Syracuse University professors awarded $330,000 to research bacteria

Monday, November 13, 2017

Source: Daily Orange

Professors in Syracuse University’s College of Engineering and Computer Science were recently awarded a $330,000 grant to study the physiology of bacteria.

The grant’s funding became available in mid-July and will be available until June 2020, unless the professors apply for another grant to continue their research. The grant is funded by the National Science Foundation.

Dacheng Ren and Shikha Nangia, two professors in the department of biomedical and chemical engineering, are investigating the dormancy and resistance of bacteria.

“The area we’re targeting is mostly how to understand the dormancy of bacteria and how … that contributes to the big picture of drug resistance and big infections,” Ren said.

Once bacteria are dormant, in a state similar to hibernation, they are more difficult to kill. The two professors’ research uses synthetic biology, or the rewiring of cells, and a computer simulation to better understand interactions between antibodies and bacteria.

“What we provide in a simulation-computational world is the molecular level picture,” Nangia said. “So trying to understand questions like, ‘We observed this in an experiment, but why did that happen?’”

Their research will uncover more information about persister cells — subpopulations bacteria create that are particularly tolerant to antibiotics. Persister cells form when bacteria develop biofilm, a structure that coats the bacteria. This leads to complications in people with compromised immunity and chronic infections.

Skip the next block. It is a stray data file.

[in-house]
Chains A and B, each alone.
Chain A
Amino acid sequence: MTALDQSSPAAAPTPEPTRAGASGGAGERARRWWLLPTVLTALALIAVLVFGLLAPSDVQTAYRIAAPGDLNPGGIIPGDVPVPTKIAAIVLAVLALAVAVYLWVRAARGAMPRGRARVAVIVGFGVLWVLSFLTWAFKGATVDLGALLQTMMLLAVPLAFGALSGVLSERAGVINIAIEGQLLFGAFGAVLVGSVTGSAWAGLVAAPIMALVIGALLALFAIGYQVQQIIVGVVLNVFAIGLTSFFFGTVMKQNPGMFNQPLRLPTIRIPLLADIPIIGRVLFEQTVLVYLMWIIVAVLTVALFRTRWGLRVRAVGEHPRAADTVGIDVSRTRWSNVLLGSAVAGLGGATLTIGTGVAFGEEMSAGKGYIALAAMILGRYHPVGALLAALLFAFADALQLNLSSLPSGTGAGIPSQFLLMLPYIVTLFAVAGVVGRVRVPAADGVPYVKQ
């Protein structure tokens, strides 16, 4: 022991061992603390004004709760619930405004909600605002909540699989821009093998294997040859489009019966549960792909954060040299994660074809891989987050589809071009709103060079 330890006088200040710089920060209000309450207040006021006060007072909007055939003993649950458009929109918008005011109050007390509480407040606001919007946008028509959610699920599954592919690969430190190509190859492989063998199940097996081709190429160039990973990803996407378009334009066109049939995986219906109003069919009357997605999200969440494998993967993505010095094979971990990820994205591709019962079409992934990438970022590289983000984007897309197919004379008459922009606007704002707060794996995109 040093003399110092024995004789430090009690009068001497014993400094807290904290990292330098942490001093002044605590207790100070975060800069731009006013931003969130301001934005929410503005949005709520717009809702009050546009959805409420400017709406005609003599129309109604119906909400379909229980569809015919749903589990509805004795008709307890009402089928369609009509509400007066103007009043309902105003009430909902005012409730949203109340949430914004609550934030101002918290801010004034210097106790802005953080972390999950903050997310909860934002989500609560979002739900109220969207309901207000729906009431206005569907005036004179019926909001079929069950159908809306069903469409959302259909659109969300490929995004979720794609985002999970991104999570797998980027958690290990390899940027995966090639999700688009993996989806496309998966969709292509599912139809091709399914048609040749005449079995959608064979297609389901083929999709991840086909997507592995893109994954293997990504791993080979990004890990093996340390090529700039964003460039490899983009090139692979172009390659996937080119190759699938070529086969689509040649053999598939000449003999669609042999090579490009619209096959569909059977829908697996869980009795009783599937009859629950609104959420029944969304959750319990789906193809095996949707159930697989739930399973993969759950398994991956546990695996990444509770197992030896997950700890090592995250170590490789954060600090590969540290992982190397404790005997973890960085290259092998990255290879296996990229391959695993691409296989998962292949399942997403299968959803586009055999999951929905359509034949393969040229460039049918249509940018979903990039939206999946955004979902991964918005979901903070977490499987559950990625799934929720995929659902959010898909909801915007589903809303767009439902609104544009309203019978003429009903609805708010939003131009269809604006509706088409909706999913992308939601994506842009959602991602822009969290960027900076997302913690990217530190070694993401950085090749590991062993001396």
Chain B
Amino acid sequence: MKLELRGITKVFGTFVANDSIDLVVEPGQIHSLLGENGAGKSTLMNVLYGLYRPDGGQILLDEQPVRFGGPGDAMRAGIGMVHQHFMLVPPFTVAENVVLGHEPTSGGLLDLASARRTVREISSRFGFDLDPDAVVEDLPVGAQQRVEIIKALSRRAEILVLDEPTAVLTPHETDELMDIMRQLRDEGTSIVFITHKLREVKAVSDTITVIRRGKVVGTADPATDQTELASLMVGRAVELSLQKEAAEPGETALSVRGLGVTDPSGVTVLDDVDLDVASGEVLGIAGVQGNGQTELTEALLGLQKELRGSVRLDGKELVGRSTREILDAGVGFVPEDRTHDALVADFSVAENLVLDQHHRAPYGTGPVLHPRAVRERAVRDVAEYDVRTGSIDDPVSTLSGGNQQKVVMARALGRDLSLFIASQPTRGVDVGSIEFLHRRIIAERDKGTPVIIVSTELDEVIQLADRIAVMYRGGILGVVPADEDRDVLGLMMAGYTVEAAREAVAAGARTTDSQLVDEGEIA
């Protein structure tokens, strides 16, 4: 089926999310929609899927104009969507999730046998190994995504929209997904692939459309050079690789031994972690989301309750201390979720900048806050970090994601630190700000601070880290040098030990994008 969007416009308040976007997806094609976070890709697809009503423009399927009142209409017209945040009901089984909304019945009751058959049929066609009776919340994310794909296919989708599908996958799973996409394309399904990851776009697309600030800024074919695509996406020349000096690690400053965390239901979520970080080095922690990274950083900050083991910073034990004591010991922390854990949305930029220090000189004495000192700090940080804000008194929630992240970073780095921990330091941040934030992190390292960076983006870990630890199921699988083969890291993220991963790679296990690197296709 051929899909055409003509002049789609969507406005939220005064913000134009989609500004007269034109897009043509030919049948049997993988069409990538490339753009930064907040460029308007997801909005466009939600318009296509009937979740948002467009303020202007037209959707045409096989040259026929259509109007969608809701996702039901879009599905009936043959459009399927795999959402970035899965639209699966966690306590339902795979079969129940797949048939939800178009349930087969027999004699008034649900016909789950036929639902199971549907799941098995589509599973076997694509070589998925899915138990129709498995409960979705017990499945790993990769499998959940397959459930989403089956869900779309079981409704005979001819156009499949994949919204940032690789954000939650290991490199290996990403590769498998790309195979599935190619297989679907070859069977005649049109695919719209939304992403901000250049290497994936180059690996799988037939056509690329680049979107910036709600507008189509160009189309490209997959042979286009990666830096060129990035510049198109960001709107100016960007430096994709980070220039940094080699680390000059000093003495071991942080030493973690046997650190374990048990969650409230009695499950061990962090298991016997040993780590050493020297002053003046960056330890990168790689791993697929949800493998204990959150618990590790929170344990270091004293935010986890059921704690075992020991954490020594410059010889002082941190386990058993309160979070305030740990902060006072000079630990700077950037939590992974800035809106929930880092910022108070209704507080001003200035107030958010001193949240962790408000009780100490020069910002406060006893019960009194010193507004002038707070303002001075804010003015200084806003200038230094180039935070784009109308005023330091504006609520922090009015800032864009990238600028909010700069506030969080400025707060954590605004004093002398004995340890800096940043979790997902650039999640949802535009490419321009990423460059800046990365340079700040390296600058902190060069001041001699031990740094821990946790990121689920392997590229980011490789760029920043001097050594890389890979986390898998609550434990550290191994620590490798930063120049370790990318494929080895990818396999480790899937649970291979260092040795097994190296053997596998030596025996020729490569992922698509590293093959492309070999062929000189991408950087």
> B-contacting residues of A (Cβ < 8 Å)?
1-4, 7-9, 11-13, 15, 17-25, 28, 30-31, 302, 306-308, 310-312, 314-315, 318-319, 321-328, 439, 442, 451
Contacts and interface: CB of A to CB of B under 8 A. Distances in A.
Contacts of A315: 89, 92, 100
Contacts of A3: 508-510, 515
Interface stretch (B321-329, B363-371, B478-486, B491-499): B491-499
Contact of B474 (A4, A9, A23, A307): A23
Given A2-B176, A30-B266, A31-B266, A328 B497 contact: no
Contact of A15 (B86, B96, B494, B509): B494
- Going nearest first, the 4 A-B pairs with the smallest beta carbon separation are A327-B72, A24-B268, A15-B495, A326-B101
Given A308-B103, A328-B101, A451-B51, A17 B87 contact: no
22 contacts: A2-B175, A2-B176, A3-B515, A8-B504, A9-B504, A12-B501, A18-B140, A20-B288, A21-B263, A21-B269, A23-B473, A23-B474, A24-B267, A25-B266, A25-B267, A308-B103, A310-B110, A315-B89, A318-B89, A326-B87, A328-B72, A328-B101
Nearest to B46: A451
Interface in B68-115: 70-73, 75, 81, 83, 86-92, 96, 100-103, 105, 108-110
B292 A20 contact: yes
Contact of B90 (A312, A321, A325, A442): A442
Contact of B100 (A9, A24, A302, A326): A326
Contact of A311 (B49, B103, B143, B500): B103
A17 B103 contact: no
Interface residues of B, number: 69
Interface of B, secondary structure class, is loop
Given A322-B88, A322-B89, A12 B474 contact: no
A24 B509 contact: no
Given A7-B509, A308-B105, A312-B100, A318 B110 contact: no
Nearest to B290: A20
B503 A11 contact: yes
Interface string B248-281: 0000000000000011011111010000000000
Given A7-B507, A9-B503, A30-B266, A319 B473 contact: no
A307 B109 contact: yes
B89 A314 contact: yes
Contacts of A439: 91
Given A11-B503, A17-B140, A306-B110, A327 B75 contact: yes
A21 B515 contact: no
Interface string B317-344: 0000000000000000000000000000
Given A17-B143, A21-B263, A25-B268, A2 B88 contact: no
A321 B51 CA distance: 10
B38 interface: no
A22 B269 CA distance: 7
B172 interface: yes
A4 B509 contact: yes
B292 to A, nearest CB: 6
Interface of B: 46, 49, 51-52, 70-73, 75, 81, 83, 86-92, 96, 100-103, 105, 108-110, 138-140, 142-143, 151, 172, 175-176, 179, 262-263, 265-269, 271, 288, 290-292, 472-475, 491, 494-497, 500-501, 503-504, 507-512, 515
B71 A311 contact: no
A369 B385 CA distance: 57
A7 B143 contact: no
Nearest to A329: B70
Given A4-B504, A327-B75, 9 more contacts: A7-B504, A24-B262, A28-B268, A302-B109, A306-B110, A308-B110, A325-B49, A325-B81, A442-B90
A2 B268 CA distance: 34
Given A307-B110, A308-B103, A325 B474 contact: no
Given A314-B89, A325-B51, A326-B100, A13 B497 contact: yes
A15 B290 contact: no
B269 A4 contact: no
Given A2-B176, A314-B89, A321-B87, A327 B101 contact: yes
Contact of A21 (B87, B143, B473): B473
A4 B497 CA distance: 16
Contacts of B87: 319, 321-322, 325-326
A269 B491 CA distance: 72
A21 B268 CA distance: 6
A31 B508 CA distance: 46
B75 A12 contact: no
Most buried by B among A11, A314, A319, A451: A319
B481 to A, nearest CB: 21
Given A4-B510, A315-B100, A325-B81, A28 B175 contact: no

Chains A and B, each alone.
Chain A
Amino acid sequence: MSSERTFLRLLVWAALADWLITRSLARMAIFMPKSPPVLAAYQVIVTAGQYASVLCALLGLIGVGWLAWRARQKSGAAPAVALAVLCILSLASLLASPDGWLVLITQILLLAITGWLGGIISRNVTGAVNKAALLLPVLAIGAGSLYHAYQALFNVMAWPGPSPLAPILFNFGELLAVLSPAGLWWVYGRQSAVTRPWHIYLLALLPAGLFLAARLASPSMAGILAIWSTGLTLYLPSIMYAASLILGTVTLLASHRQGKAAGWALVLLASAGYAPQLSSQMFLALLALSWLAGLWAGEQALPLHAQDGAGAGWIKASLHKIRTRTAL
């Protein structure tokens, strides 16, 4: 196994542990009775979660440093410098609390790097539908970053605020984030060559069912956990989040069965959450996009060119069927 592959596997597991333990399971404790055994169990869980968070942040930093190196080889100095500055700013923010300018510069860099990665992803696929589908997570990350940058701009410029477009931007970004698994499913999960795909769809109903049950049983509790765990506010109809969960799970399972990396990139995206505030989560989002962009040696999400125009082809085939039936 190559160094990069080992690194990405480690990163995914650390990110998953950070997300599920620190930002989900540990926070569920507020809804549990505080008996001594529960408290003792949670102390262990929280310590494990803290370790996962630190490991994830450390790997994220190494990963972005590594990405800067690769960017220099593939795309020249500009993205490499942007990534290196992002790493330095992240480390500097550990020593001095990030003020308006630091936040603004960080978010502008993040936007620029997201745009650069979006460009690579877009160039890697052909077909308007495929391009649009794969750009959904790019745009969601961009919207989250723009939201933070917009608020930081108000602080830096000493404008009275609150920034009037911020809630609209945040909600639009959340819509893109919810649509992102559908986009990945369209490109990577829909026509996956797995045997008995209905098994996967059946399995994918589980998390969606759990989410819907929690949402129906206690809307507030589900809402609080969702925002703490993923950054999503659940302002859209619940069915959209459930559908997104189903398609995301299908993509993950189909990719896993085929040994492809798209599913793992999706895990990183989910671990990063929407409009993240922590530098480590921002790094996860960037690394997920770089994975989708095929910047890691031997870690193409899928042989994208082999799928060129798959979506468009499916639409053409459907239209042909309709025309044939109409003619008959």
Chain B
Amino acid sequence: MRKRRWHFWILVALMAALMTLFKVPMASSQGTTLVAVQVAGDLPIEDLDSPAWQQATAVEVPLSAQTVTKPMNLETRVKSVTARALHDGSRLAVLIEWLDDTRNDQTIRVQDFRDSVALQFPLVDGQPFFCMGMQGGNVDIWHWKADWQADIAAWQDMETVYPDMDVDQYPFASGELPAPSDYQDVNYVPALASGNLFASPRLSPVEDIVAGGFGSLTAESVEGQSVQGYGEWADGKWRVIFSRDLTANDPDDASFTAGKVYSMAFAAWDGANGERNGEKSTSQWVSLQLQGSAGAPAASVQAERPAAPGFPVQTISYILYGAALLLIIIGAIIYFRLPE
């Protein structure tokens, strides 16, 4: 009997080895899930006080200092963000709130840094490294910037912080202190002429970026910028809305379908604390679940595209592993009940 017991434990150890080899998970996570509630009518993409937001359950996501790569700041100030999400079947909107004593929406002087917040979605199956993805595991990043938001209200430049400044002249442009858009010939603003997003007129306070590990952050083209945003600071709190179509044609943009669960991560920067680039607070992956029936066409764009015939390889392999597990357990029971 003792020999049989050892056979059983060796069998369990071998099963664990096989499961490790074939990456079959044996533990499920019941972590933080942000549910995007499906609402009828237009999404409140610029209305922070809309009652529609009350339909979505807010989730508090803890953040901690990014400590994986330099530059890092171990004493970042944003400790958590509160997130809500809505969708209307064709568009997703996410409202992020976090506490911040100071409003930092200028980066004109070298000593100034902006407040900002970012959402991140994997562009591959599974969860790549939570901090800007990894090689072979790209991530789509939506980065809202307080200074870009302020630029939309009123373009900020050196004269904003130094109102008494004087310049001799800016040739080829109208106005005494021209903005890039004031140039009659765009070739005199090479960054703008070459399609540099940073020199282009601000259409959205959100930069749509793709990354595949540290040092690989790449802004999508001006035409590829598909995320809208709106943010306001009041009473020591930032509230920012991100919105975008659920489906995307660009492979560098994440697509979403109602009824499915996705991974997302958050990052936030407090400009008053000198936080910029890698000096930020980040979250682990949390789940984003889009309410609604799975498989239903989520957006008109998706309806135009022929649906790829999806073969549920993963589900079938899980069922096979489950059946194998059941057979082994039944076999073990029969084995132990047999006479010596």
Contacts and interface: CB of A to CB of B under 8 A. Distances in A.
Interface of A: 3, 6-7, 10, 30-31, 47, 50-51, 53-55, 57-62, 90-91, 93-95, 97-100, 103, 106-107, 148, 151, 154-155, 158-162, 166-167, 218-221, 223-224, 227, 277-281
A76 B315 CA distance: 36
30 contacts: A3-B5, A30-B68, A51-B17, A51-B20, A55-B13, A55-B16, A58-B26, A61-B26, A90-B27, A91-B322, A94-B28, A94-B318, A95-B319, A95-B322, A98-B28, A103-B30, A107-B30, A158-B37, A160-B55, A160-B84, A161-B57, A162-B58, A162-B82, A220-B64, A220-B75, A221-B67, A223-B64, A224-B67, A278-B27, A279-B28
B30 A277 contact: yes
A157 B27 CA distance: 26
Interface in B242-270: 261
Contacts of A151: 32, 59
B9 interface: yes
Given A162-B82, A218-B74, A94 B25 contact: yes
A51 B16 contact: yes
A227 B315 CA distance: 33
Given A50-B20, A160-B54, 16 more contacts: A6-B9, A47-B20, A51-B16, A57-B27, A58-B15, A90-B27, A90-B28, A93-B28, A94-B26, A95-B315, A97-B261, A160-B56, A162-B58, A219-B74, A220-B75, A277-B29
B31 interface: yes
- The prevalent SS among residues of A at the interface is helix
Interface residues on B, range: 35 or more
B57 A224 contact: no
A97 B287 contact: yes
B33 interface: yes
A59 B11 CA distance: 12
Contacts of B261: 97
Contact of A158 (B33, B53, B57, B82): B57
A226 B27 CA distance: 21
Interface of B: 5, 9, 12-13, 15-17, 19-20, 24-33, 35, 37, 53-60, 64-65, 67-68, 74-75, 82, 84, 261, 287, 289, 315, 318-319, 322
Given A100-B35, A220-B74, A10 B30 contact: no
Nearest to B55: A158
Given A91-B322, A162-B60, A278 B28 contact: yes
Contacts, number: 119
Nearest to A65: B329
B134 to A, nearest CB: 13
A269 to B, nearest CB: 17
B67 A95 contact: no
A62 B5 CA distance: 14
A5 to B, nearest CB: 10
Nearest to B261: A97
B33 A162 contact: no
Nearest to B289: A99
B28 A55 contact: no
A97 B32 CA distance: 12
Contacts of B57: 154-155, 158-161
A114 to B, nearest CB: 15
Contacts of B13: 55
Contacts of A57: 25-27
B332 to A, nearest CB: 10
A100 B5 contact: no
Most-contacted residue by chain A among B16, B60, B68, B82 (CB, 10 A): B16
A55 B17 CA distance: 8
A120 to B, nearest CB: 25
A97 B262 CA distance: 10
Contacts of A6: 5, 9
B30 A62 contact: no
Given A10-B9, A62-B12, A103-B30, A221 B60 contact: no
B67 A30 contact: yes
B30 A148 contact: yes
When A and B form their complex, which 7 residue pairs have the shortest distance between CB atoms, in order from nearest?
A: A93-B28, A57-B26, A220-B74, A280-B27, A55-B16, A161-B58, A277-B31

Discovering antibodies to kill the bacteria is the ultimate goal, but this research will help bridge a knowledge gap about persistence, according to the project abstract.

The study could make it easier for future research projects to create drugs that combat bacteria persistence.

“The last FDA-approved new class of antibodies was discovered in the late 1980s,” Ren said. “So, it’s been 30 years without a new class of antibodies.”

Antibiotic-resistant bacteria, known as superbugs, are becoming more common, Ren said. He researches the causes of bacterial dormancy and persistence.

“It is predicted if we don’t find the cure for (superbugs) by 2050, the superbug can kill more (people) than all cancers combined,” he said.

Nangia, using a computer, creates simulations based off Ren’s research. Using synthetic biology, she inputs antibody designs into the program. The computer demonstrates how antibodies communicate with bacteria.

The computation helps make predictions, said Ninad Patil, a graduate student assisting research efforts in Ren’s lab. It saves time and resources and provides a new perspective on information, Patil said.

There are about four students working on the project. Patil said it was a privilege helping contribute to the research.

“To leverage the talents on campus and find niches so that we can have synergy between different research groups, either in the same department or different departments or across colleges, I think that will help us do something bigger as individuals,” Ren said.

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